GOP chief: Reid remarks reflect a double standard

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WASHINGTON (AP) — The Republican Party chairman on Sunday accused Democrats of a double standard by accepting Sen. Harry Reid’s apology for racial remarks about Barack Obama instead of demanding Reid’s ouster as majority leader.

In a private conversation reported in a new book, Reid described Obama during the 2008 presidential campaign as a “light-skinned” African-American “with no Negro dialect, unless he wanted to have one.”

Reid, D-Nev., apologized to Obama on Saturday, and the president issued a statement accepting the apology and saying the matter was closed.

GOP Chairman Michael Steele, in appearances on two Sunday news programs, compared Reid’s predicament with the circumstances that led Senate Republican leader Trent Lott to step down from that post in 2002. Lott had spoken favorably of the 1948 segregationist presidential campaign of Strom Thurmond, and in spite of apologies for those remarks at Thurmond’s 100th birthday, Lott was forced out as leader.

“There is this standard where the Democrats feel that they can say these things and they can apologize when it comes from the mouths of their own. But if it comes from anyone else, it’s racism,” said Steele, who is black. “It’s either racist or it’s not. And it’s inappropriate, absolutely.”

Democratic Sens. Dianne Feinstein of California and Jack Reed of Rhode Island joined other Democrats in saying Reid’s apology and Obama’s statement were enough. They also rejected comparisons to the Lott episode.

“I think that’s a totally different context. Harry Reid made a misstatement,” Reed said. “He owned up to it. He apologized. I think he is mortified by the statement he’s made. And I don’t think he should step down.”

Steele said Reid’s remarks reflect an “attitude” by the Nevada senator, and Steele cited the lawmaker’s comment last month about those who would want to go more slowly on overhauling health care: “You think you’ve heard these same excuses before? You’re right. In this country there were those who dug in their heels and said, ‘Slow down, it’s too early. Let’s wait. Things aren’t bad enough.’ — about slavery.”

To Steele, “Clearly, he is out of touch not only with where America and his district are but where — how African-Americans generally feel about these issues.”

Reid, whose tenure as majority leader has drawn criticism from liberals and conservatives, faces a difficult reelection bid this fall.

Asked to respond to Steele’s remarks about Reid, the senator’s spokesman Jim Manley said: “Sen. Reid is absolutely running for reelection. Nevadans are facing challenging times and they need the majority leader fighting for them to create jobs and get the economy back on track.”

In their book “Game Change,” Time Magazine’s Mark Halperin and New York magazine’s John Heilemann report that Reid “was wowed by Obama’s oratorical gifts and believed that the country was ready to embrace a black presidential candidate, especially one such as Obama — a ‘light-skinned’ African American ‘with no Negro dialect, unless he wanted to have one,’ as he later put it privately.”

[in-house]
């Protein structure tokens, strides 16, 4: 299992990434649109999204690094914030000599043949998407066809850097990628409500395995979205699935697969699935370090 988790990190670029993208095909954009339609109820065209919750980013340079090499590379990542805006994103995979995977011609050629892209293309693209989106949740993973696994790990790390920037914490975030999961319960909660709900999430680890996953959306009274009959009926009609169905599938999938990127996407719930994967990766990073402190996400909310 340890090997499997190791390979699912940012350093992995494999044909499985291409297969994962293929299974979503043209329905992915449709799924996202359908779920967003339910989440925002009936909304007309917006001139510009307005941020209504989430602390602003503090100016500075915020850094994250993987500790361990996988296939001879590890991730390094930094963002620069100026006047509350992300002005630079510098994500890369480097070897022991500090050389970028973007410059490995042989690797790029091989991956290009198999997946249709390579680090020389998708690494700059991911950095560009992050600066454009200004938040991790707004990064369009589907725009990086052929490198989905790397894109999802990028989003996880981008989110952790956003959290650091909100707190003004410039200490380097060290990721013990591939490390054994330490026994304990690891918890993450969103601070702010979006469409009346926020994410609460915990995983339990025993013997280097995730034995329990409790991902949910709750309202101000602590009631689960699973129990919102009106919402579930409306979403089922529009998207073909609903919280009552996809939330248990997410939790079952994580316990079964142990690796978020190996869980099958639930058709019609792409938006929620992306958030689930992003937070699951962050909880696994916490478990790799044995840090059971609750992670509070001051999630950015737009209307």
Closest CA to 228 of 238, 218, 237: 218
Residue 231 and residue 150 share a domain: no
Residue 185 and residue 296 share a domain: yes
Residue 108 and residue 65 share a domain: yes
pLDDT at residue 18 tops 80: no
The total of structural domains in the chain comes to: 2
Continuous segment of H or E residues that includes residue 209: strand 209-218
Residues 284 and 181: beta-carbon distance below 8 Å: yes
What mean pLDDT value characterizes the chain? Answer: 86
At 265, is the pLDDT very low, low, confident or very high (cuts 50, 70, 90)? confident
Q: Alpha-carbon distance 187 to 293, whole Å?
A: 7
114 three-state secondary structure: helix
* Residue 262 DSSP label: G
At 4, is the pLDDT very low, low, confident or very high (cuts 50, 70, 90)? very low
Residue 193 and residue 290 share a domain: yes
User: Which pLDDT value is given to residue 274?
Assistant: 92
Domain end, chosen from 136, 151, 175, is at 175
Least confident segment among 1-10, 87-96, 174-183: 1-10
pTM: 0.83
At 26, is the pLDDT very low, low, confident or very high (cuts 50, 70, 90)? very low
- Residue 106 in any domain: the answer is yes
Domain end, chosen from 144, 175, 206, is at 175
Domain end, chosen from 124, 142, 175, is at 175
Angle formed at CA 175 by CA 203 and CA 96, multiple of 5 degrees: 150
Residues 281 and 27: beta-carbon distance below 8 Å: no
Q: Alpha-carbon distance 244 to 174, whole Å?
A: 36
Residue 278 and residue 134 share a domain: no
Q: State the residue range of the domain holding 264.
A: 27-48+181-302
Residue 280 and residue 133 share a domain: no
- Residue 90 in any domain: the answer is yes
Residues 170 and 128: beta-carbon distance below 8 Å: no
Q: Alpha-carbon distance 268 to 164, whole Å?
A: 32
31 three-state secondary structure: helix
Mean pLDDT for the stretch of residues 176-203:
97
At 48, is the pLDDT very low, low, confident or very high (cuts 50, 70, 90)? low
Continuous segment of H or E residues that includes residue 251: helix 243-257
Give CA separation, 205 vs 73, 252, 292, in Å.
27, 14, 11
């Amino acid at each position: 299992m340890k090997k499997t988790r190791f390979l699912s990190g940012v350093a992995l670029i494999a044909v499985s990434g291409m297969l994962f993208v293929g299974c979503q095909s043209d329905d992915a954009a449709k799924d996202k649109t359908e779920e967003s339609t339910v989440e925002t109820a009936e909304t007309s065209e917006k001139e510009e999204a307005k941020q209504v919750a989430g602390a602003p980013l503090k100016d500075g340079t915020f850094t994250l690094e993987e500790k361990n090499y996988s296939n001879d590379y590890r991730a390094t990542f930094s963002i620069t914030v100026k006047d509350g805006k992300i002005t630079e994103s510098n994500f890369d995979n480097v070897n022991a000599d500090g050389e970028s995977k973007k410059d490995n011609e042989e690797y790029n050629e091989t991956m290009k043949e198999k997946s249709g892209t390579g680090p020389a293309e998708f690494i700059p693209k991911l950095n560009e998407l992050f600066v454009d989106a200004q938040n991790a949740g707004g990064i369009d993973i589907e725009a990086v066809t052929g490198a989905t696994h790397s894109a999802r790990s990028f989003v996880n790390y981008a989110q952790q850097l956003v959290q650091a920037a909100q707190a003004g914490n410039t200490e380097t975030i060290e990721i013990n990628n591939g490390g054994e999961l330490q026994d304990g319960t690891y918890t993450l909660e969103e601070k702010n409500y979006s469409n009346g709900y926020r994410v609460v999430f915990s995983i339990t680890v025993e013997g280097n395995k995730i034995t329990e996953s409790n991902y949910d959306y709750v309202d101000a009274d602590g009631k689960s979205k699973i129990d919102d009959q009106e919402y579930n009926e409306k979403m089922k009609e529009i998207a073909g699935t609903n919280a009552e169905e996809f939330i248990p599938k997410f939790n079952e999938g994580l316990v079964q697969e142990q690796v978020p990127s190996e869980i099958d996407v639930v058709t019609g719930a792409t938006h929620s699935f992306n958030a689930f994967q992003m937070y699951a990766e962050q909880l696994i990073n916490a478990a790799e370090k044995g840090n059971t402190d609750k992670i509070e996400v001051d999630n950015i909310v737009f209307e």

The behind-the-scenes look at the 2008 campaign that elevated Obama to the White House is based on the writers’ interviews with more than 200 sources. Most of them were granted anonymity and thus much of the material could not be immediately corroborated.

Democratic Party Chairman Tim Kaine said the remarks were inappropriate, but also contended that they came in the context of saying “positive things about his candidacy and why his candidacy would be strong.”

Steele responded: “All I know is that if (Senate Republican leader) Mitch McConnell had said those very words, that this chairman and this president would be calling for his head, and they would be labeling every Republican in the country as a racist for saying exactly what this chairman has just said.”

On Saturday, after his remarks appeared on the Web site of The Atlantic, Reid issued a statement apologizing for “using such a poor choice of words.” He added, “I sincerely apologize for offending any and all Americans, especially African-Americans for my improper comments.”

Obama quickly followed with a statement calling the remarks “unfortunate” and accepting the apology. “As far as I am concerned,” the president said, “the book is closed.”

Lott apologized for “a poor choice of words” four days after speaking at a birthday celebration for then-Sen. Thurmond, R-S.C. The Mississippi Republican had said the nation would have been better off if Thurmond had won the presidency in 1948. Thurmond was an ardent segregationist and the Democratic governor of South Carolina when he mounted his third-party campaign.

Calls for Lott to step down as Republican leader intensified, and he resigned as Senate leader about a week later. Lott resigned from the Senate in 2007.

Steele and Kaine spoke on “Fox News Sunday” and NBC’s “Meet the Press.” Reed spoke on the Fox program, and Feinstein appeared on CBS’ “Face the Nation.”